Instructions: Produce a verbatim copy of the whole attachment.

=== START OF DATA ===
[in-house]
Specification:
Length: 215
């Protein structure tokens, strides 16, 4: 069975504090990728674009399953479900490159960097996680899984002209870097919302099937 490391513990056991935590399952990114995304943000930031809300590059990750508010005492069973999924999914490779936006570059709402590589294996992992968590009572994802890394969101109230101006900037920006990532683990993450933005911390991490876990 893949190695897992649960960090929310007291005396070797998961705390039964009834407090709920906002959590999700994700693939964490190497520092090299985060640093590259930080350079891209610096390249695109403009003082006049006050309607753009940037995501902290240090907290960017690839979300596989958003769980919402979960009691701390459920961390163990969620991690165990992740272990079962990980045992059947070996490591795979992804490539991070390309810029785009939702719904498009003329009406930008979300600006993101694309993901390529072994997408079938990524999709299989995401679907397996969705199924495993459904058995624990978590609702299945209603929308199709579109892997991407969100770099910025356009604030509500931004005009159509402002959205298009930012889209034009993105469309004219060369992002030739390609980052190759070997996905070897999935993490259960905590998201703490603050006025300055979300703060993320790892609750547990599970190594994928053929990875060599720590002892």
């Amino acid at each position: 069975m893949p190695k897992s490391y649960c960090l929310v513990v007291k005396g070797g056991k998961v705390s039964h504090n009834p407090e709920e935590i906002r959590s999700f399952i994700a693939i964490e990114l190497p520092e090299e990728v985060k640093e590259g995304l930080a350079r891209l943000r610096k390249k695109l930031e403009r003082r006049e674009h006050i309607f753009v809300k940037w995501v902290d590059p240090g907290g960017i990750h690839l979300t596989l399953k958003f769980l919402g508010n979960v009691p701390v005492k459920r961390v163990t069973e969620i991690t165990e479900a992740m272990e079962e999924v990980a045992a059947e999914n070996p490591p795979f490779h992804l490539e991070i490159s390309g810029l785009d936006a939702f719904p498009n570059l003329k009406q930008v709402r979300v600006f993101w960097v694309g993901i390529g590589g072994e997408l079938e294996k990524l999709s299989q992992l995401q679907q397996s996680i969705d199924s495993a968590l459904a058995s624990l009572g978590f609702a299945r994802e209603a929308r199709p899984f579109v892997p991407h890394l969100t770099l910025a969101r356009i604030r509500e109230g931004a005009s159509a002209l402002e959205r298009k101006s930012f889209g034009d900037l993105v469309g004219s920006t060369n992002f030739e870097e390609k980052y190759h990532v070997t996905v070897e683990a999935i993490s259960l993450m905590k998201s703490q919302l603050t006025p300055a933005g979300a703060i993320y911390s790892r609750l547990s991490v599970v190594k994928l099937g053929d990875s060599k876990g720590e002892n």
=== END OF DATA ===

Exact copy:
[in-house]
Specification:
Length: 215
């Protein structure tokens, strides 16, 4: 069975504090990728674009399953479900490159960097996680899984002209870097919302099937 490391513990056991935590399952990114995304943000930031809300590059990750508010005492069973999924999914490779936006570059709402590589294996992992968590009572994802890394969101109230101006900037920006990532683990993450933005911390991490876990 893949190695897992649960960090929310007291005396070797998961705390039964009834407090709920906002959590999700994700693939964490190497520092090299985060640093590259930080350079891209610096390249695109403009003082006049006050309607753009940037995501902290240090907290960017690839979300596989958003769980919402979960009691701390459920961390163990969620991690165990992740272990079962990980045992059947070996490591795979992804490539991070390309810029785009939702719904498009003329009406930008979300600006993101694309993901390529072994997408079938990524999709299989995401679907397996969705199924495993459904058995624990978590609702299945209603929308199709579109892997991407969100770099910025356009604030509500931004005009159509402002959205298009930012889209034009993105469309004219060369992002030739390609980052190759070997996905070897999935993490259960905590998201703490603050006025300055979300703060993320790892609750547990599970190594994928053929990875060599720590002892």
């Amino acid at each position: 069975m893949p190695k897992s490391y649960c960090l929310v513990v007291k005396g070797g056991k998961v705390s039964h504090n009834p407090e709920e935590i906002r959590s999700f399952i994700a693939i964490e990114l190497p520092e090299e990728v985060k640093e590259g995304l930080a350079r891209l943000r610096k390249k695109l930031e403009r003082r006049e674009h006050i309607f753009v809300k940037w995501v902290d590059p240090g907290g960017i990750h690839l979300t596989l399953k958003f769980l919402g508010n979960v009691p701390v005492k459920r961390v163990t069973e969620i991690t165990e479900a992740m272990e079962e999924v990980a045992a059947e999914n070996p490591p795979f490779h992804l490539e991070i490159s390309g810029l785009d936006a939702f719904p498009n570059l003329k009406q930008v709402r979300v600006f993101w960097v694309g993901i390529g590589g072994e997408l079938e294996k990524l999709s299989q992992l995401q679907q397996s996680i969705d199924s495993a968590l459904a058995s624990l009572g978590f609702a299945r994802e209603a929308r199709p899984f579109v892997p991407h890394l969100t770099l910025a969101r356009i604030r509500e109230g931004a005009s159509a002209l402002e959205r298009k101006s930012f889209g034009d900037l993105v469309g004219s920006t060369n992002f030739e870097e390609k980052y190759h990532v070997t996905v070897e683990a999935i993490s259960l993450m905590k998201s703490q919302l603050t006025p300055a933005g979300a703060i993320y911390s790892r609750l547990s991490v599970v190594k994928l099937g053929d990875s060599k876990g720590e002892n």